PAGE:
Trichloroethene (also known as TCE or trichloroethylene) is a clear, colorless, nonflammable volatile organic chemical that has been used as a degreasing solvent, a paint stripper, an adhesive solvent, and as an ingredient in paints and varnishes.
TCE arrives in drinking water through discharge from chemical and metal degreasing factories.
The International Agency for Research on Cancer lists TCE as being “probably carcinogenic to humans.” It's acutely toxic, causing headaches, lung irritation, poor coordination, and difficulty concentrating. The EPA warns of potential liver damage:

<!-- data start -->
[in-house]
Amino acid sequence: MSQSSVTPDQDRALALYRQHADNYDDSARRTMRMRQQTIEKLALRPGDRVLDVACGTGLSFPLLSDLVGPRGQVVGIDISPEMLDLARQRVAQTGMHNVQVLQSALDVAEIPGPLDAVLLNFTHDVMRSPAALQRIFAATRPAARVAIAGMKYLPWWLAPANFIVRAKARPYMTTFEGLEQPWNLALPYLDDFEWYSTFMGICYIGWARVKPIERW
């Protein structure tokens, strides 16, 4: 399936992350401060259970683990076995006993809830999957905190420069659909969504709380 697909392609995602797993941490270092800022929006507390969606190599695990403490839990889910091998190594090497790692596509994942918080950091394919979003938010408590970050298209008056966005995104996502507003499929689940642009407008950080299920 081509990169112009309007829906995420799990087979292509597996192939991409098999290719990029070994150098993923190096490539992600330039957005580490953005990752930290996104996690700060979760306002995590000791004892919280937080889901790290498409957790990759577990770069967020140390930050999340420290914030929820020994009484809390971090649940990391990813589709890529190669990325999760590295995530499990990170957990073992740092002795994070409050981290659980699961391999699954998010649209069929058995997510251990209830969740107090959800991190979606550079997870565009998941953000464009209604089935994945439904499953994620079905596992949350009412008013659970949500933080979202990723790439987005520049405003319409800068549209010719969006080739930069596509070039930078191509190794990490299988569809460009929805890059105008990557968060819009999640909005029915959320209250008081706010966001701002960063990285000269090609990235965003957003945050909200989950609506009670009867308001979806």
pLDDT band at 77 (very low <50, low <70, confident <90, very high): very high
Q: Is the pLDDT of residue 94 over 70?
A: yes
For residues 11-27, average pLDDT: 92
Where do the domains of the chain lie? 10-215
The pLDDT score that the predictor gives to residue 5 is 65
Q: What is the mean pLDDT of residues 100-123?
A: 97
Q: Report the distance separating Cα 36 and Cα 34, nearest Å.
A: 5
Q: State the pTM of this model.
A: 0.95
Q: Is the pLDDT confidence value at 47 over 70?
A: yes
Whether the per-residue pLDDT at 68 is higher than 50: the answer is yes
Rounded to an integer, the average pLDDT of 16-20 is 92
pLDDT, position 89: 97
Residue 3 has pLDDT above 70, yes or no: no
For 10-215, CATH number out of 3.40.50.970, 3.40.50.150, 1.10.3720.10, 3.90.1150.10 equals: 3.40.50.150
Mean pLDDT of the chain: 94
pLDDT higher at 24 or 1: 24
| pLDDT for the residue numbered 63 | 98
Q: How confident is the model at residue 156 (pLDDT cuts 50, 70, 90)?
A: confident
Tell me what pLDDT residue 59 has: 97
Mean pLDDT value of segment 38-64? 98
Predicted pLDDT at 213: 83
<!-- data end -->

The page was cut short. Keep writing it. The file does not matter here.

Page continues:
Some people who drink water containing trichloroethylene well in excess of the maximum contaminant level [0.005 milligrams per Liter] for many years could experience problems with their liver and may have an increased risk of getting cancer.
Trichloroethylene can be treated with activated carbon adsorption, reverse osmosis (removes 70 to 80 percent), and air stripping. The EPA recommends granular activated carbon (GAC) in combination with packed tower aeration (an air stripping method.)
(whole house & well units)